- we should use open-source software when possible
- it’s time to re-think how we approach software, and stop companies from nickel-and-diming us with unnecessary costs
- it’s often FREE to use, fully customizable for any size company’s needs
- it’s reviewed and maintained by a community, which means no secret tricks in the code and better chances to find/fix bugs
- it supports knowledge over possession, instead of paying for the software license you are paying for the knowledge of using the software
- an expert from the community will charge XX/hr to setup and configure, and there are often support plans
- someone internally can invest “sweat equity” as there is often extensive documentation and a forum to post questions
- Examples, most are cross-platform, i.e. works with Windows, Mac, and Linux!
- Firefox for Internet
- Thunderbird for E-mail
- LibreOffice for Documents, Spreadsheets, Presentations
- KeePassX for Password Vault, Password Generator
- VLC Media Player for anything from DVDs to downloaded movie files
- GIMP for image editing
- Virtualbox for virtual computers, servers, and more
- there are so many more out there, try to search with “open source” in your keywords when looking for new software, you will be surprised that there is nearly an option for everything!
- we should start encrypting our communications, especially text messages and phone calls
- it’s time to realize everything is recorded. every call, every text, every e-mail, and it’s alarming what can be done with this type of data. if this sounds paranoid, read the articles from Wired and Forbes regarding Rob Joyce, the NSA “Hacker-in-Chief”, presenting at the Enigma 2016 conference. Then take a look at the NSA Utah Data Center specifications. My favorite parts are the claim of storing a yottabyte at the data center in 2012 which equates to about 250 trillion DVDs, and the sign out front that says: “If you have nothing to hide, you have nothing to fear.”
- Examples, the focus here is free, open-source (for security reasons in this case), and cross-platform.
- Signal Private Messenger for text messages, all messages can only be read from the sending/receiving device, nothing can be read in transit. On Android it can be used as the default text application, and I use it daily!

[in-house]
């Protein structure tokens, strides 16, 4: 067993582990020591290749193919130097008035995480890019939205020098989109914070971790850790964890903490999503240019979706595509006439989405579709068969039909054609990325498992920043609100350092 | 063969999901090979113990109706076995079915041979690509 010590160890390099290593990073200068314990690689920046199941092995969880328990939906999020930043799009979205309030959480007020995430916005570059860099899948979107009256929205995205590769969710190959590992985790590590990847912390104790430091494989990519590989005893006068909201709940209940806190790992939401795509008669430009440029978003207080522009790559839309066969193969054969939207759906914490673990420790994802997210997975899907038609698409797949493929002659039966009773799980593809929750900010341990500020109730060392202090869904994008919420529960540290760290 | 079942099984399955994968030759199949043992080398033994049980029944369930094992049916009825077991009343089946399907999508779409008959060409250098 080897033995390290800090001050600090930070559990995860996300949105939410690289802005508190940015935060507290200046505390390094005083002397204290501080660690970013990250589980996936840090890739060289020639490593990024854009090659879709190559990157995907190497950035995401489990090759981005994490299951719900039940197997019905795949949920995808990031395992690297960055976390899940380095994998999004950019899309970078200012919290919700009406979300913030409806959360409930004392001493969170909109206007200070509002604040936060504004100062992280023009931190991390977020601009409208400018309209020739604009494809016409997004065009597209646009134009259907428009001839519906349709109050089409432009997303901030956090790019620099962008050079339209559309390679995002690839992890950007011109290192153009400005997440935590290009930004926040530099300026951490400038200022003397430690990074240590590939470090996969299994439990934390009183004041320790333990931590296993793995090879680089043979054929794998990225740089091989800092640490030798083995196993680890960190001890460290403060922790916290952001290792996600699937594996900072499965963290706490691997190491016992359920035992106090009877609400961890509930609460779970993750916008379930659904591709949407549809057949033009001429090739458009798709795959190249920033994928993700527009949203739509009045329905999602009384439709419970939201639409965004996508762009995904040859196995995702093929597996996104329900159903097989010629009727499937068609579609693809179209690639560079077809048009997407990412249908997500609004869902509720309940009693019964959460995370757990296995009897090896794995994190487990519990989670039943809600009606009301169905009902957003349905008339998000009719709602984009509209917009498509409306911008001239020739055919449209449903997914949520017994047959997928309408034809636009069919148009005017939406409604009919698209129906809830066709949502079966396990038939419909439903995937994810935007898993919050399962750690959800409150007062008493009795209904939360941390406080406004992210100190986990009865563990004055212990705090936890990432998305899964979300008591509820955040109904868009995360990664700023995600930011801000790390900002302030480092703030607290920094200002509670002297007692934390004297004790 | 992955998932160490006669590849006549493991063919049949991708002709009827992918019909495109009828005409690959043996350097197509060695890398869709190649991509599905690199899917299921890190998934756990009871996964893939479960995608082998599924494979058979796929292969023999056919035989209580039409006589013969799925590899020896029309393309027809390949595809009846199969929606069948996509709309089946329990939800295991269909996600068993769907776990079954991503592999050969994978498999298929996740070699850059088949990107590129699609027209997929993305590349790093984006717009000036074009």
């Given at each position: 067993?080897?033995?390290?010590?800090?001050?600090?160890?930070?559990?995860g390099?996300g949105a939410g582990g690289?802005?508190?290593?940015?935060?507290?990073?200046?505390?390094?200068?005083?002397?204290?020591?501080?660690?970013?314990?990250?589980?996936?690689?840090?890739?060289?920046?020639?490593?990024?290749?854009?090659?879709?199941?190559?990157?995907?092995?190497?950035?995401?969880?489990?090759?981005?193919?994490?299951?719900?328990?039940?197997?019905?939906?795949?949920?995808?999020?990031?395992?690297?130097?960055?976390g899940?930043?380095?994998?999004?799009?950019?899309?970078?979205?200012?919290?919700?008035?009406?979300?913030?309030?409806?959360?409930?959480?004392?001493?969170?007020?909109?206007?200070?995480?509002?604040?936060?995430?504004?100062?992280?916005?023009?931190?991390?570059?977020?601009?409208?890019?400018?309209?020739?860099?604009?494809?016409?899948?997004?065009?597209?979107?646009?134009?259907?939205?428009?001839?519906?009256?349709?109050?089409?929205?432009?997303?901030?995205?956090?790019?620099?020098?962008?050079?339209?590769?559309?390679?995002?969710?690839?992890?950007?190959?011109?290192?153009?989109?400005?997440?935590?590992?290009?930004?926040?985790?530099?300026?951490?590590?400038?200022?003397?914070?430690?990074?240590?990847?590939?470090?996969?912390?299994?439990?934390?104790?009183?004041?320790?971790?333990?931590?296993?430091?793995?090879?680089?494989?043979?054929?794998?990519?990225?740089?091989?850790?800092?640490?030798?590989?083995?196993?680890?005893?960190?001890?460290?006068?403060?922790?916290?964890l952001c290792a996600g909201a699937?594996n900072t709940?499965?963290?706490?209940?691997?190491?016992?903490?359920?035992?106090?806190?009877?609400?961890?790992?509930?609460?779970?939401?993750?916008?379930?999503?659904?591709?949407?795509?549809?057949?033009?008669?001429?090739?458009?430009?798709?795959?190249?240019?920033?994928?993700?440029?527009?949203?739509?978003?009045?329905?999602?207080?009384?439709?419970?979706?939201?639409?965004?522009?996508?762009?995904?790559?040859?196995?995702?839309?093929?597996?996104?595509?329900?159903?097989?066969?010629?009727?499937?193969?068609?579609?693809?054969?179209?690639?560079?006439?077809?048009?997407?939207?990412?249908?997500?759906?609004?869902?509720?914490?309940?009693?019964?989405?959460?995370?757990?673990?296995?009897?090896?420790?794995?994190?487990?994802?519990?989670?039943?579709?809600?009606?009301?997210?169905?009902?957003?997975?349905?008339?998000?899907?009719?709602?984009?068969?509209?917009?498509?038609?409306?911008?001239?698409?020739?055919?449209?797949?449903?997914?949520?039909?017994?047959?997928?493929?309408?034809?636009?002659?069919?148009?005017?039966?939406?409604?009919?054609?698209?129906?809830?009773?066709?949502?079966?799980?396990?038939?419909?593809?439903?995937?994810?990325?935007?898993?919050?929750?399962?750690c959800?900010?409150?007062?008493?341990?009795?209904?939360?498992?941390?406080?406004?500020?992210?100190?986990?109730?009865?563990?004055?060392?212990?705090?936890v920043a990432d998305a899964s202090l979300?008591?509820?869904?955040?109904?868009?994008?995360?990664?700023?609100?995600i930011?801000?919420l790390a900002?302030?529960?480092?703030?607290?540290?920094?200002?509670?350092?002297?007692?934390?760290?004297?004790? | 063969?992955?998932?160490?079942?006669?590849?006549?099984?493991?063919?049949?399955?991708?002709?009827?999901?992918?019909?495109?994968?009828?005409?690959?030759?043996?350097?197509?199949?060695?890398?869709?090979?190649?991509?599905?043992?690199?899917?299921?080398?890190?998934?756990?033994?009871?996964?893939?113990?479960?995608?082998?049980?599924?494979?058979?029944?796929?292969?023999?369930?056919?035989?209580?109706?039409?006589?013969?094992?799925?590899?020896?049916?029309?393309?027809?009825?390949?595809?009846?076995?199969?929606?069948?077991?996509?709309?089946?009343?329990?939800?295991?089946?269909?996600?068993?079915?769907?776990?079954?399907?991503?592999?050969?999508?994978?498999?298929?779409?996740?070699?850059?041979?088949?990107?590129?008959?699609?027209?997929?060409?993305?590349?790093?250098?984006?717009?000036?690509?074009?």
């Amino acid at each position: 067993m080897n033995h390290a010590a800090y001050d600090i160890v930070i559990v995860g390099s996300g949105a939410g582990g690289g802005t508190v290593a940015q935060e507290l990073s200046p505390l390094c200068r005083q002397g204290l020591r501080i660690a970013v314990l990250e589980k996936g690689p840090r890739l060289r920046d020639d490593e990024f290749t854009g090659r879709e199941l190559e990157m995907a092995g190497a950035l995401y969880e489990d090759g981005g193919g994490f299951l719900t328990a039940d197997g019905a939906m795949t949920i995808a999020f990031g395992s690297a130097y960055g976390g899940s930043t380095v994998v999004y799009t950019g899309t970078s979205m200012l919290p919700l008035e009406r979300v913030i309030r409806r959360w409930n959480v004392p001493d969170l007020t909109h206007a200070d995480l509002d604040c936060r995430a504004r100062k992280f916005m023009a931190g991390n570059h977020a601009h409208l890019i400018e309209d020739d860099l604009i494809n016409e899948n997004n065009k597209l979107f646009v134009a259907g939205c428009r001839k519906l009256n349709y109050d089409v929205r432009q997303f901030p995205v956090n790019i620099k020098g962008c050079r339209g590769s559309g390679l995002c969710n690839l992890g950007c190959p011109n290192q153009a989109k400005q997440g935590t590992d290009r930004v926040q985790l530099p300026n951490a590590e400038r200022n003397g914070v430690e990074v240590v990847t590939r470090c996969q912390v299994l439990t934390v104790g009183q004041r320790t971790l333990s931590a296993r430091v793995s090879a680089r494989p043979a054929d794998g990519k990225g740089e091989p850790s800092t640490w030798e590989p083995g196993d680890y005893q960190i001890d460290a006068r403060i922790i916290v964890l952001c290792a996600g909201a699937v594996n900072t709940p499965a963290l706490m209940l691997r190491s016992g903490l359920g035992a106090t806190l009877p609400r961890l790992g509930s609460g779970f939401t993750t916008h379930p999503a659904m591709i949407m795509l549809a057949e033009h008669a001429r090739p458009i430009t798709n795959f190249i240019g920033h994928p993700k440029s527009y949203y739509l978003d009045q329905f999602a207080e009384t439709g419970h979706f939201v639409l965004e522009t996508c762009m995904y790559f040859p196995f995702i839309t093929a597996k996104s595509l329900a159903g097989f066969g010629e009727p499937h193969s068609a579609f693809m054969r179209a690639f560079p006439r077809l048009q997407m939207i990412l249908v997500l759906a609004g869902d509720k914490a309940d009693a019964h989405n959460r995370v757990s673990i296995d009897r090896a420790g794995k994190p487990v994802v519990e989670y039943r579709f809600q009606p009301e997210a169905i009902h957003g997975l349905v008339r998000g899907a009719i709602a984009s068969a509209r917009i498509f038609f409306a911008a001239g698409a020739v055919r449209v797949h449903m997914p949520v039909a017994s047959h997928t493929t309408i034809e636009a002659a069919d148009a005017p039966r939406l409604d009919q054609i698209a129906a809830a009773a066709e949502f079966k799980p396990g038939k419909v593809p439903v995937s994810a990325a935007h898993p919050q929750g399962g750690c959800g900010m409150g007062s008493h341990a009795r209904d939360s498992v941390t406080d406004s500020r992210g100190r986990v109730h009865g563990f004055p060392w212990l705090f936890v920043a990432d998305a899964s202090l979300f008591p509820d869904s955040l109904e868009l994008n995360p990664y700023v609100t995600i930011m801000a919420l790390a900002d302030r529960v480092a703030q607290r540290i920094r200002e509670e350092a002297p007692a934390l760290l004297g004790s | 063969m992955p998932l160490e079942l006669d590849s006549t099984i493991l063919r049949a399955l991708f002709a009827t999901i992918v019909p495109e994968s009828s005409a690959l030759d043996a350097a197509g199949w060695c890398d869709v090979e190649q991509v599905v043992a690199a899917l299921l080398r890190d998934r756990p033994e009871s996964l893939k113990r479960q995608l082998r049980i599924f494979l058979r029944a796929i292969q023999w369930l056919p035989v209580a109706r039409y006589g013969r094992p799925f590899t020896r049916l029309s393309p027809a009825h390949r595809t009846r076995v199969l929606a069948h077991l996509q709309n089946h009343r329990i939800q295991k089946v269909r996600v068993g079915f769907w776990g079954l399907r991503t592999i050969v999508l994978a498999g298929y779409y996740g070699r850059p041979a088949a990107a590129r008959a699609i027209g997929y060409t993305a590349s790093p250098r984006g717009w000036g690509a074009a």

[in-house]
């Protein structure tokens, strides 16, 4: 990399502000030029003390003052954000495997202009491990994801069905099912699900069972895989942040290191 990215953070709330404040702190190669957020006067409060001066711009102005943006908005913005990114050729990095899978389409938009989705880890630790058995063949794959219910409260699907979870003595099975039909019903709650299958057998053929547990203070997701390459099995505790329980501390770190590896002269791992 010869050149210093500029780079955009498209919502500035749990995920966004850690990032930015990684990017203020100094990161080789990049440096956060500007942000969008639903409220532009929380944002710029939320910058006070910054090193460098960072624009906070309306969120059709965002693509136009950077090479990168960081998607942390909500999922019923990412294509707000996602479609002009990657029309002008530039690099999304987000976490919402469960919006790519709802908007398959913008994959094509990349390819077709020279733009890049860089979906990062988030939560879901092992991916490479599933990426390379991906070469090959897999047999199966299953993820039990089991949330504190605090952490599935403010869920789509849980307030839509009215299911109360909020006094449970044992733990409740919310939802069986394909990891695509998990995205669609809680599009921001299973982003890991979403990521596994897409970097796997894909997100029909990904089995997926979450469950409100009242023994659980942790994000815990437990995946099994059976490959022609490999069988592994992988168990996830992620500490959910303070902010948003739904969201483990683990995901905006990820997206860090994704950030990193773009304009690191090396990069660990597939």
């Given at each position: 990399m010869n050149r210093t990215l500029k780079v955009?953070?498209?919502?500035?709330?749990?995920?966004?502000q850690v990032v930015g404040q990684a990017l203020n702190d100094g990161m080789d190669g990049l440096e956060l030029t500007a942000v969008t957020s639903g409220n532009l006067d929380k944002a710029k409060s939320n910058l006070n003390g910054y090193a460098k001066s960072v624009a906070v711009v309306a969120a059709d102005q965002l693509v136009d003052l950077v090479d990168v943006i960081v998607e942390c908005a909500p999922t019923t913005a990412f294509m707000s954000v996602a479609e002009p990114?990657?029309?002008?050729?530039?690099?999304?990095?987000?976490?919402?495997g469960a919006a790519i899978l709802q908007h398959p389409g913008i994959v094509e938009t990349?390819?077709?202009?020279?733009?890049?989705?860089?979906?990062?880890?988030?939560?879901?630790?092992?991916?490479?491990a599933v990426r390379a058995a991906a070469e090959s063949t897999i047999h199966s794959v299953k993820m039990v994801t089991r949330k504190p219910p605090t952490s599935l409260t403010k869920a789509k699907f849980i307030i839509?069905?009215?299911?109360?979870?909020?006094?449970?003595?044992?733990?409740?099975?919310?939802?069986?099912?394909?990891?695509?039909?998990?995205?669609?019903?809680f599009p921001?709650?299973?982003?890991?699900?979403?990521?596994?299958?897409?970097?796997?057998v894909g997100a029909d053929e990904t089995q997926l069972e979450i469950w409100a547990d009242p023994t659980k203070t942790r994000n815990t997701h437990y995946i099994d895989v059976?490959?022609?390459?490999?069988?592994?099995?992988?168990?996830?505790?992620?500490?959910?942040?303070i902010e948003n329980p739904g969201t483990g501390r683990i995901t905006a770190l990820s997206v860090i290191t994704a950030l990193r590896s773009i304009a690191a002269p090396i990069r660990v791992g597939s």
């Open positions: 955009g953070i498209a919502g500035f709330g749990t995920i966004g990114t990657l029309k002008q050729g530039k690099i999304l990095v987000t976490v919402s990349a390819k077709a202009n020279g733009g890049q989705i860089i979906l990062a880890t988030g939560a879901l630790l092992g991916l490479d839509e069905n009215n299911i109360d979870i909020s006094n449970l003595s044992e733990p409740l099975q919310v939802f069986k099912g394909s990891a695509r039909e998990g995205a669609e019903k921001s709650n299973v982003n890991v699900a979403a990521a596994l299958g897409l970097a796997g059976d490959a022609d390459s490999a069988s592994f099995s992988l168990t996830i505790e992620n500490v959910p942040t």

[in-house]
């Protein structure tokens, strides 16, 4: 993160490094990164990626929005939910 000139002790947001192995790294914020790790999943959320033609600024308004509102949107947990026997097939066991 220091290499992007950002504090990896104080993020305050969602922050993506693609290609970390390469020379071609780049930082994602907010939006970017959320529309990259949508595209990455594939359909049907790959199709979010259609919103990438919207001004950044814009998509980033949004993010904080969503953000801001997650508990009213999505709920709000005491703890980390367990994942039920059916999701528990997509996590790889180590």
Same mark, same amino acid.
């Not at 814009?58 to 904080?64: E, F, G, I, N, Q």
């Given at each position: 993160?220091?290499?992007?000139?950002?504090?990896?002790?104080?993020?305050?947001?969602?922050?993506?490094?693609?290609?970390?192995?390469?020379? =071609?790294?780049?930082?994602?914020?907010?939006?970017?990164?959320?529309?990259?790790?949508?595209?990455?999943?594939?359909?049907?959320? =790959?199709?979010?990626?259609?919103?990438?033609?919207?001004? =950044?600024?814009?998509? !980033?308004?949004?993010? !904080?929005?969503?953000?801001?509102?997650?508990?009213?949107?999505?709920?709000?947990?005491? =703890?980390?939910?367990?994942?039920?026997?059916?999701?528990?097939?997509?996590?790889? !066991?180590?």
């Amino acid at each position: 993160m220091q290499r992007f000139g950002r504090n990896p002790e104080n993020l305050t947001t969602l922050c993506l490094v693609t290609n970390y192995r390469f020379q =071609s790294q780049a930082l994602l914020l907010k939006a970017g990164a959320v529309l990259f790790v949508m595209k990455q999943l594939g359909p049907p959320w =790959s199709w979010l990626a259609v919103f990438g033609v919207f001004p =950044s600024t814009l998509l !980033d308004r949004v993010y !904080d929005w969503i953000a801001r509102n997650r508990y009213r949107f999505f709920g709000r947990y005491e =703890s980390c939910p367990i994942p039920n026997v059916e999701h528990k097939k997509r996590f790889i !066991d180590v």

- Signal Private Messenger for phone calls, the call is setup over the data (cellular data or wifi) connection, and nothing can be listened to in transit. Each party gets a word to confirm to ensure connection is secure.
- E-mails are a bit trickier, as there may be options through your e-mail service (such as gmail, google apps, hotmail, etc), or there may be an option with your e-mail client (Outlook, Thunderbird, etc). Encryption involves having a public/private key pair, which may sound like jibberish but means everything when it comes to encryption as security.
- we should start encrypting sensitive information, especially passwords
- it’s time to ditch the spreadsheets, if a paper copy or “offline” copy is needed it can be printed or saved to a USB then kept in a safe
- we should always have a backup
- it’s time to buy a portable USB drive if you don’t have one, and to make sure you always have your information in two places
- be sure to encrypt the USB drive before storing any information on it, so that if it is stolen the files are inaccessible
Thank you all for the time we spent together and the things we learned, being of service to our customers was a blessing and enlightening experience for me personally, and I truly do wish you each the best in your future endeavors.
Enlightened Communications LLC